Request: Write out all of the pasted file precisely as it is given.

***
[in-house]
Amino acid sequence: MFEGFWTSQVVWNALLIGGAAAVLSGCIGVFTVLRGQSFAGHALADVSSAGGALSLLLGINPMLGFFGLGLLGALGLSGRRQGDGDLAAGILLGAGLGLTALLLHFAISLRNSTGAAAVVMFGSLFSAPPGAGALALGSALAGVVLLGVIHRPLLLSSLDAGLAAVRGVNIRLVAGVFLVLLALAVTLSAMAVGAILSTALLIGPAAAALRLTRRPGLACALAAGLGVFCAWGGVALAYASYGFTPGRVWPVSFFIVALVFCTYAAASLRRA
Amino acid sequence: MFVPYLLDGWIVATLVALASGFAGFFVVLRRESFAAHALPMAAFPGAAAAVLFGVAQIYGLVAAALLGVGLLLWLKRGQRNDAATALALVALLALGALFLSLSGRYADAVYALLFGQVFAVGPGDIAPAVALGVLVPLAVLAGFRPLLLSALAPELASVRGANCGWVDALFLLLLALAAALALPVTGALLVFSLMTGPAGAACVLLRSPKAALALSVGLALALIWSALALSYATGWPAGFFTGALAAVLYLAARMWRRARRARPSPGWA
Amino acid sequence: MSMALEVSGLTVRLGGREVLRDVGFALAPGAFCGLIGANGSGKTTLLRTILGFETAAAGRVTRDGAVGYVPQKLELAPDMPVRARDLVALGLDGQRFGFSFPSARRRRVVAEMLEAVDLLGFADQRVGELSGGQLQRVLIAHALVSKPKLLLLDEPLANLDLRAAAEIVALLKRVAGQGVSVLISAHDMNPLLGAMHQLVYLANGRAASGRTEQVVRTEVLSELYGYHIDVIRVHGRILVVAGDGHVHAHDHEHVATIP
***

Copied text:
[in-house]
Amino acid sequence: MFEGFWTSQVVWNALLIGGAAAVLSGCIGVFTVLRGQSFAGHALADVSSAGGALSLLLGINPMLGFFGLGLLGALGLSGRRQGDGDLAAGILLGAGLGLTALLLHFAISLRNSTGAAAVVMFGSLFSAPPGAGALALGSALAGVVLLGVIHRPLLLSSLDAGLAAVRGVNIRLVAGVFLVLLALAVTLSAMAVGAILSTALLIGPAAAALRLTRRPGLACALAAGLGVFCAWGGVALAYASYGFTPGRVWPVSFFIVALVFCTYAAASLRRA
Amino acid sequence: MFVPYLLDGWIVATLVALASGFAGFFVVLRRESFAAHALPMAAFPGAAAAVLFGVAQIYGLVAAALLGVGLLLWLKRGQRNDAATALALVALLALGALFLSLSGRYADAVYALLFGQVFAVGPGDIAPAVALGVLVPLAVLAGFRPLLLSALAPELASVRGANCGWVDALFLLLLALAAALALPVTGALLVFSLMTGPAGAACVLLRSPKAALALSVGLALALIWSALALSYATGWPAGFFTGALAAVLYLAARMWRRARRARPSPGWA
Amino acid sequence: MSMALEVSGLTVRLGGREVLRDVGFALAPGAFCGLIGANGSGKTTLLRTILGFETAAAGRVTRDGAVGYVPQKLELAPDMPVRARDLVALGLDGQRFGFSFPSARRRRVVAEMLEAVDLLGFADQRVGELSGGQLQRVLIAHALVSKPKLLLLDEPLANLDLRAAAEIVALLKRVAGQGVSVLISAHDMNPLLGAMHQLVYLANGRAASGRTEQVVRTEVLSELYGYHIDVIRVHGRILVVAGDGHVHAHDHEHVATIP